DJI Agriculture drone increases capacity and sprays or spreads

DJI Agriculture’s Toby Knisely

DJI is getting ready to take flight with its largest agriculture drone ever for international markets.

The Agras T50 has been flying in China and is set to land in North America in the near future, says DJI Agriculture’s Toby Knisely. The high payload capacity drone is capable of carrying 40 litres of liquid or 50 kgs of dry granular, making it either a spray drone or a spreading drone, depending on how a grower chooses to deploy it.

In this report from Agritechnica 23, Knisely tells RealAgriculture’s Shaun Haney the drone can fly around 12 to 15 minutes before its battery is depleted. He notes that’s plenty of time for the drone to fly and apply its liquid or granular payload.

“What our customers are doing is they’re refilling the tank, and at the same time, they’ll swap in a fresh battery and put the old battery into the charger,” explains Knisely. “And then by the time the drone is back again, from its most recent flight, it’s ready to swap in the next battery.”

In the video Knisely also shares thoughts on how the flexibility of drones can keep growers spraying and spreading when weather conditions force them to park ground rigs.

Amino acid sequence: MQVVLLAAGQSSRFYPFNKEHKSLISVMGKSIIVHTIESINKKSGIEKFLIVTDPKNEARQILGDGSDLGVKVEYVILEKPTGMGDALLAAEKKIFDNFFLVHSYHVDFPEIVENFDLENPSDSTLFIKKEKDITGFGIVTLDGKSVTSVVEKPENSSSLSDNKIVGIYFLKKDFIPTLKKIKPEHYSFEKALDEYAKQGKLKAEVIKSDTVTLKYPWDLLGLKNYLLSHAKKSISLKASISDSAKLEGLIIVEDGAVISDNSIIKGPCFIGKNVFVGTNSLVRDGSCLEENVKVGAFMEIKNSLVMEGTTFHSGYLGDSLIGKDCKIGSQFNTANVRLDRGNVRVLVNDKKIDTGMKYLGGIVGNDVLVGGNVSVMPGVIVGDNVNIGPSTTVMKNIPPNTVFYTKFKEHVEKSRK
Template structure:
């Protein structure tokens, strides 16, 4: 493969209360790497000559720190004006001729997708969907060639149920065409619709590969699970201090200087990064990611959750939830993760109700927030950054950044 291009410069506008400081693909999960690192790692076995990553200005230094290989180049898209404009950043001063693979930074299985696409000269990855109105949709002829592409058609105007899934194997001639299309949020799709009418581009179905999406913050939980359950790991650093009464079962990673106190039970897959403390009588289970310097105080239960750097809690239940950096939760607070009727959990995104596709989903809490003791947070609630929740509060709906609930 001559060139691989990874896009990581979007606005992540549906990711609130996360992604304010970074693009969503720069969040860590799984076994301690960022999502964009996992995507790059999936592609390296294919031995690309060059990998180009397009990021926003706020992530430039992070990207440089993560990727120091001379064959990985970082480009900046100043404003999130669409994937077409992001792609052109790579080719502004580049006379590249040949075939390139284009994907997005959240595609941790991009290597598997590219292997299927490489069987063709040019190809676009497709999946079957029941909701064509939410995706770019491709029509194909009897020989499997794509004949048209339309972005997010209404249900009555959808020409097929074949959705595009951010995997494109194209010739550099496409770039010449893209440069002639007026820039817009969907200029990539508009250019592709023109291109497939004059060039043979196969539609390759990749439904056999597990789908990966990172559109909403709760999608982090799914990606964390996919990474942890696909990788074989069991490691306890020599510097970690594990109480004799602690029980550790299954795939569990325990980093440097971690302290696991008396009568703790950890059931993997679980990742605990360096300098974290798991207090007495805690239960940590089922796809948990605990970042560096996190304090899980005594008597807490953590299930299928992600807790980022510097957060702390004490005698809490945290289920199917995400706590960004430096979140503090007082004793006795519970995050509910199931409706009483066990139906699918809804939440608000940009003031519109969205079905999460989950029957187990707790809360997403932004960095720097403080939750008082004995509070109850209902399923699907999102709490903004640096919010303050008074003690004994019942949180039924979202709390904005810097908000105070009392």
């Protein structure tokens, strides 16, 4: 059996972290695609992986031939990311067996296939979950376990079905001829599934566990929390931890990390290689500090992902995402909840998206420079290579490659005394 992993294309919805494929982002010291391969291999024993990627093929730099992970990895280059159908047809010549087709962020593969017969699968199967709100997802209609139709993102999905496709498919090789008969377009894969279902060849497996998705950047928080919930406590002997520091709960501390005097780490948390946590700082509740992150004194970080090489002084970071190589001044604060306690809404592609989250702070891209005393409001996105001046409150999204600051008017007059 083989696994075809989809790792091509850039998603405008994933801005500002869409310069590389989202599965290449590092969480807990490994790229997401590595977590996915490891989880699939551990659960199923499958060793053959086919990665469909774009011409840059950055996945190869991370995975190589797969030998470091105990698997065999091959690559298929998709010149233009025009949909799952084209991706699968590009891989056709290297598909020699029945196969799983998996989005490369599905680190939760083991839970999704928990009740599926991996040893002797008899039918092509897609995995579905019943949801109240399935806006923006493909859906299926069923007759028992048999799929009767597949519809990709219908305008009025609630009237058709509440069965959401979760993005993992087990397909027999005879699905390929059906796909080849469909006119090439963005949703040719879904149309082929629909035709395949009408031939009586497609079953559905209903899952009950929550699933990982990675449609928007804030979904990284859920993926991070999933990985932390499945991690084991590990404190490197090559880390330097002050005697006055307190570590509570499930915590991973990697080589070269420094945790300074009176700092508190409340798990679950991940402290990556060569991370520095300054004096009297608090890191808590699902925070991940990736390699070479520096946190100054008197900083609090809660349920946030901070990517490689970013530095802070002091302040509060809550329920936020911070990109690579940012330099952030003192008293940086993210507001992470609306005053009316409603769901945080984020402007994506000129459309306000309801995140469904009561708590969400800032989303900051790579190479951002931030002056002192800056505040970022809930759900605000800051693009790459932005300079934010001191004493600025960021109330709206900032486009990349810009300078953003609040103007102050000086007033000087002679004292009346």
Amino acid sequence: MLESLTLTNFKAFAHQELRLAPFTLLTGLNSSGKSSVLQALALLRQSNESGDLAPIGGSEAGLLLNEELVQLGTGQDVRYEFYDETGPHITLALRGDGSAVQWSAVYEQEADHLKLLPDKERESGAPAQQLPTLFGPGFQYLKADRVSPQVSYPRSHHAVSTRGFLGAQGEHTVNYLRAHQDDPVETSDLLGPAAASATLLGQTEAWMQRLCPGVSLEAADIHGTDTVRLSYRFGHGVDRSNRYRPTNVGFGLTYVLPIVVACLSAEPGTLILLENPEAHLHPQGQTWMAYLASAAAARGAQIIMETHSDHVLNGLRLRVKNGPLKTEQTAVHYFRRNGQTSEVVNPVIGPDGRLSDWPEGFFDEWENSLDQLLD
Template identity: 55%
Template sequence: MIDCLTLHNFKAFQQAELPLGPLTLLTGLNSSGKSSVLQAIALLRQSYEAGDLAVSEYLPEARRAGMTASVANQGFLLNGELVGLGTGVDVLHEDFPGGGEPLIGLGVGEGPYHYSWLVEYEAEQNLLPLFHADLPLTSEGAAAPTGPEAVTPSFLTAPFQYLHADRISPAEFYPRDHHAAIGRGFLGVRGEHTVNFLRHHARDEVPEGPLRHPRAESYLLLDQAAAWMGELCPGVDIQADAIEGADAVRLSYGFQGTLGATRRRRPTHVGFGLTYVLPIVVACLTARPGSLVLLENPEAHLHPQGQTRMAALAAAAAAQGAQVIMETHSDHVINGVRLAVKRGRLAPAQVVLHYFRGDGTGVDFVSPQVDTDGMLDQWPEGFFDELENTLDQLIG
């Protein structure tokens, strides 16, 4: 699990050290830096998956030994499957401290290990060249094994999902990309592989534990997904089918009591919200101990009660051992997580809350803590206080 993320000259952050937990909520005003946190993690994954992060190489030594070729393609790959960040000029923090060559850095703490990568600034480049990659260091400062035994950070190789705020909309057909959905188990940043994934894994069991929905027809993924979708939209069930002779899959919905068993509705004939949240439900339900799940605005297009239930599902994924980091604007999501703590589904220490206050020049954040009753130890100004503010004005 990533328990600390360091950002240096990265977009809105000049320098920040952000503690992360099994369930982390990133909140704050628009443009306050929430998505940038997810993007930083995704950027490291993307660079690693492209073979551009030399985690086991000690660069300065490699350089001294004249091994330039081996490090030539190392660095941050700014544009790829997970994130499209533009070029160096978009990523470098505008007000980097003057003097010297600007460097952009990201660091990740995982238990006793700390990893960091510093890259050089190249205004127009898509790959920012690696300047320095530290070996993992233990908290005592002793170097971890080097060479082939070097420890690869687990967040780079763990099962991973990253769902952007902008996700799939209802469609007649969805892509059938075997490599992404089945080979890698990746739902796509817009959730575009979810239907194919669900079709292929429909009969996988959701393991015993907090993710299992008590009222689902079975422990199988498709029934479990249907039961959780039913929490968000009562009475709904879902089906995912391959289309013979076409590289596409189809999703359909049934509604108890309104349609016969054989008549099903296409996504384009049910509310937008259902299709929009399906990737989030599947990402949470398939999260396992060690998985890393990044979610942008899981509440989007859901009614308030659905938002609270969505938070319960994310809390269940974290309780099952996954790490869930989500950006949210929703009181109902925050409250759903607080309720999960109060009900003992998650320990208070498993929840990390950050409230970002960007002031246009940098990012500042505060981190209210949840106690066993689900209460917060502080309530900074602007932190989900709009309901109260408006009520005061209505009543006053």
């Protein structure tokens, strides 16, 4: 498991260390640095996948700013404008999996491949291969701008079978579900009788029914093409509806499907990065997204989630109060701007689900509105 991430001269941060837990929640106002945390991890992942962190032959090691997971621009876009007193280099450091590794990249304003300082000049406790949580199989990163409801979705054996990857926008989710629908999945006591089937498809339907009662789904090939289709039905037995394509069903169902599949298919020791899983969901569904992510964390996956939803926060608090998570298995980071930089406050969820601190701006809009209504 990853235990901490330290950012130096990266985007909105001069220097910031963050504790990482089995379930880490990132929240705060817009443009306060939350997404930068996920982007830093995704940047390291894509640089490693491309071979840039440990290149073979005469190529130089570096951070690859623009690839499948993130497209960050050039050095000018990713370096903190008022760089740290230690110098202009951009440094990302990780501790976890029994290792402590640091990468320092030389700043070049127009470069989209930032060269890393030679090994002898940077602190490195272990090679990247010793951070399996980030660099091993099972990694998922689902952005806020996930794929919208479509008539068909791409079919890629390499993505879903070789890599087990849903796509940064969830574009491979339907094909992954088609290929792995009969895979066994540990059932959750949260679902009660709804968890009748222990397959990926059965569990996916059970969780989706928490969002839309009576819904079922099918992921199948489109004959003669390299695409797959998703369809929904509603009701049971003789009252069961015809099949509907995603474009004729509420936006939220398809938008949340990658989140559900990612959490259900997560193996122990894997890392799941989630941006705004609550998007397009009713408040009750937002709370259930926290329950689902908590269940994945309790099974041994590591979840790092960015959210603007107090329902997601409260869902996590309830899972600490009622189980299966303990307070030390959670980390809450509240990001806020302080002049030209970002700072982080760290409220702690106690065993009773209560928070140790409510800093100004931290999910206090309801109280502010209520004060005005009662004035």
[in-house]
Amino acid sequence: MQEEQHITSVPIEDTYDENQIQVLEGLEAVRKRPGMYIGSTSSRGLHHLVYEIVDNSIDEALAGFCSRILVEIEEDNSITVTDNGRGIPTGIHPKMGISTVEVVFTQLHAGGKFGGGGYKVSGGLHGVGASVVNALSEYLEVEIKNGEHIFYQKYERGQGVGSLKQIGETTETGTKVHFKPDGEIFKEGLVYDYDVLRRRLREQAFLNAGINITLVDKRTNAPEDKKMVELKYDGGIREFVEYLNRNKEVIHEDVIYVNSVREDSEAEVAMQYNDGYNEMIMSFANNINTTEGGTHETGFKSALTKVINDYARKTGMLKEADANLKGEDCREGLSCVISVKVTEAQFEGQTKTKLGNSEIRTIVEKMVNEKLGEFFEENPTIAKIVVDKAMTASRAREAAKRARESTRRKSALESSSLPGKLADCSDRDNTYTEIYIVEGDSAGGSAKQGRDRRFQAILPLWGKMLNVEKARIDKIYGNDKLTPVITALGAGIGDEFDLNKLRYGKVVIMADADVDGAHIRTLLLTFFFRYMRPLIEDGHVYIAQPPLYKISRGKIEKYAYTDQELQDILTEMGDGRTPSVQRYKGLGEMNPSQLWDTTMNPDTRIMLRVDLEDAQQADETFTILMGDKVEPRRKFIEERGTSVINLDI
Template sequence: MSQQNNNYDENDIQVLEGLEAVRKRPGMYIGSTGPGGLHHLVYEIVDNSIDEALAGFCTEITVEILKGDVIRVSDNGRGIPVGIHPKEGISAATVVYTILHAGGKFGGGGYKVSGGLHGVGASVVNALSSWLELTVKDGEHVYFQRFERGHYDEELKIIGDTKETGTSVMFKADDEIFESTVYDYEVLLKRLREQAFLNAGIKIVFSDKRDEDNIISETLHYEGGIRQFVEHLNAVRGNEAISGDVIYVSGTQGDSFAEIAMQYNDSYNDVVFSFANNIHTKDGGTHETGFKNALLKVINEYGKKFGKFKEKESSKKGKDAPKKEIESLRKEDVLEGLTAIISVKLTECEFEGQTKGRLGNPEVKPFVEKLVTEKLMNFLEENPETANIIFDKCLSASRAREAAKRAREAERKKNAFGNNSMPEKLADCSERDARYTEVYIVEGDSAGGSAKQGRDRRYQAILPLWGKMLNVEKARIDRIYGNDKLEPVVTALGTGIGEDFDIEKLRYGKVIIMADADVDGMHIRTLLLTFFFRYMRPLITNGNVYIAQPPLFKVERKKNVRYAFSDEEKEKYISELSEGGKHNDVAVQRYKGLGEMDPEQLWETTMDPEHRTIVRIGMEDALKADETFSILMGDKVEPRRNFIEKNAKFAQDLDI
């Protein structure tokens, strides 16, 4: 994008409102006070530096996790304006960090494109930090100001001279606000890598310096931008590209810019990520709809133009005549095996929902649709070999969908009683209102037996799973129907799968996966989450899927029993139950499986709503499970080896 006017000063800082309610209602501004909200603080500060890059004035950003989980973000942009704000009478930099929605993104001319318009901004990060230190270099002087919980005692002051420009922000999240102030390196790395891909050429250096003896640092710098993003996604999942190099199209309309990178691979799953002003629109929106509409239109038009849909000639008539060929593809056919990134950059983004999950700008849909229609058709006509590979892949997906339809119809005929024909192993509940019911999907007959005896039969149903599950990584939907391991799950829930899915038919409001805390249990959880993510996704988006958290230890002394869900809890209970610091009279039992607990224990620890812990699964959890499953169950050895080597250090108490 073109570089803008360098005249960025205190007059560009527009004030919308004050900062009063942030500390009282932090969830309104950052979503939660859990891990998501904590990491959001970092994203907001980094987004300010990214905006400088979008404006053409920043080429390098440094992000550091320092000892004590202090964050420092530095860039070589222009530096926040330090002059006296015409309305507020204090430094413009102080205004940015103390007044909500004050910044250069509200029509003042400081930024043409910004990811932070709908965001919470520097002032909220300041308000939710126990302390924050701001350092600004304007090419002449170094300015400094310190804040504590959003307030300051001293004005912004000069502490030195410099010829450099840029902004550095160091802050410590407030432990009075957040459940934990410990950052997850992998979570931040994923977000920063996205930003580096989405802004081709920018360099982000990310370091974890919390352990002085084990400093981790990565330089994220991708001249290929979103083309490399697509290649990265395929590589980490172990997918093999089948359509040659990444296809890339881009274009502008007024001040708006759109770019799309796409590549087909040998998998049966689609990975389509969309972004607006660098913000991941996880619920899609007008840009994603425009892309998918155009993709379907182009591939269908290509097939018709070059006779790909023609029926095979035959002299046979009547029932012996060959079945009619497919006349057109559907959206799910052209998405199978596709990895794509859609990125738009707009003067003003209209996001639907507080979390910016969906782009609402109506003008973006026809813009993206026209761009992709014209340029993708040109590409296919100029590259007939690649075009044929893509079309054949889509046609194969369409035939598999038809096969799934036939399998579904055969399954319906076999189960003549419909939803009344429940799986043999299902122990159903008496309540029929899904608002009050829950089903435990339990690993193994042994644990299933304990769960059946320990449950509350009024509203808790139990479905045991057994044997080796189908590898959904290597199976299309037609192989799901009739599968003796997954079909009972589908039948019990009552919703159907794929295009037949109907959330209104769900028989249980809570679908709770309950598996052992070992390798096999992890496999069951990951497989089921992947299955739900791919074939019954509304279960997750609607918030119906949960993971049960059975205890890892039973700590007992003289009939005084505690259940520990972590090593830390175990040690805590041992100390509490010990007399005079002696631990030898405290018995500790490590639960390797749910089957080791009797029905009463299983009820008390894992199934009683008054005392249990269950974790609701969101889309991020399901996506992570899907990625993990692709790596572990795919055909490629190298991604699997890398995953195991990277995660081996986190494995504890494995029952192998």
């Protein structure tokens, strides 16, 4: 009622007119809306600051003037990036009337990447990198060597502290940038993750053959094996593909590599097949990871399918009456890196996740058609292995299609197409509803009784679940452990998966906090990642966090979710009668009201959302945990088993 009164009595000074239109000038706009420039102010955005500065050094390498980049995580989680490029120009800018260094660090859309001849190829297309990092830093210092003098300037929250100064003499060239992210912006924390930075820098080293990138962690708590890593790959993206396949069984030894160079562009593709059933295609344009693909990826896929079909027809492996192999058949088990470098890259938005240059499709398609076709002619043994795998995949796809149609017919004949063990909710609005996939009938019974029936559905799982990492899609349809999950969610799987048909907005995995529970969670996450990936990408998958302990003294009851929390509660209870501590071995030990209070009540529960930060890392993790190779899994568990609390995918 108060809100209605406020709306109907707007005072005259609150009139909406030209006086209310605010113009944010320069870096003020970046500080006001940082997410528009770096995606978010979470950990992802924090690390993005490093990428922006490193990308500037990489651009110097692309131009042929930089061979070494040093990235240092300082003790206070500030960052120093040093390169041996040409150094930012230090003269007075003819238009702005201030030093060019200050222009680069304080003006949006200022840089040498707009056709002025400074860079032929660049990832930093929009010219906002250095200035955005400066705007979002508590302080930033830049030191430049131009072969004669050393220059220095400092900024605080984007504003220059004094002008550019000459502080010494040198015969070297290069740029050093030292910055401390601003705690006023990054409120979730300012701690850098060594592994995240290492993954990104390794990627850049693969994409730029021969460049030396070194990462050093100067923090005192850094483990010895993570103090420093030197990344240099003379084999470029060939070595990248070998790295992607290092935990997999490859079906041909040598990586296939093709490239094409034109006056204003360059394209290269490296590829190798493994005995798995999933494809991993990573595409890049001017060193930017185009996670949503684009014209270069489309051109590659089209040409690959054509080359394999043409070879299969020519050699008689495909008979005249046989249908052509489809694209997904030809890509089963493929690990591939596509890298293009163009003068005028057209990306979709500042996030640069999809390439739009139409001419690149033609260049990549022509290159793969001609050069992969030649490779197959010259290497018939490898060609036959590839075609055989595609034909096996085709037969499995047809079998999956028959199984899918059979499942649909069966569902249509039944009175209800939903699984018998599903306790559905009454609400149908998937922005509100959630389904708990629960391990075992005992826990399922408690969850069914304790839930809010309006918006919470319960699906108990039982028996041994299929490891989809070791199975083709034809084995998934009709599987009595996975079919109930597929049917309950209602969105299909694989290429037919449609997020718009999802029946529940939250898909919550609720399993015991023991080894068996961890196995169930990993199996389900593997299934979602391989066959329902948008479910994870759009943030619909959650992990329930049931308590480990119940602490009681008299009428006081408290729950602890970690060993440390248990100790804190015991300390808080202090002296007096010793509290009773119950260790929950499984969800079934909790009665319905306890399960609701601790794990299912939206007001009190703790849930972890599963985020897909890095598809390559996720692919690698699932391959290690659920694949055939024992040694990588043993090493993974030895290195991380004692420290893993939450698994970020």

Drones will also play a key role in delivering the promise of precision agriculture, says Knisely. “You can create prescription maps, and then send that map to the drone and then the drone will only apply chemical or operate over the crops that need the care.”

Knisely notes that when it comes to flying newer drones, farmers don’t need to be expert pilots. Drones can be programmed with parameters to fly a field, apply product based on a prescription map, take off automatically and return when the mission is complete. Automatic flying is also more precise when it comes to application, he adds. (Check out the interview below.)

RealAgriculture’s coverage of Agritechnica is brought to you by Optimum GLY, a new canola trait technology from Corteva Agriscience.

 

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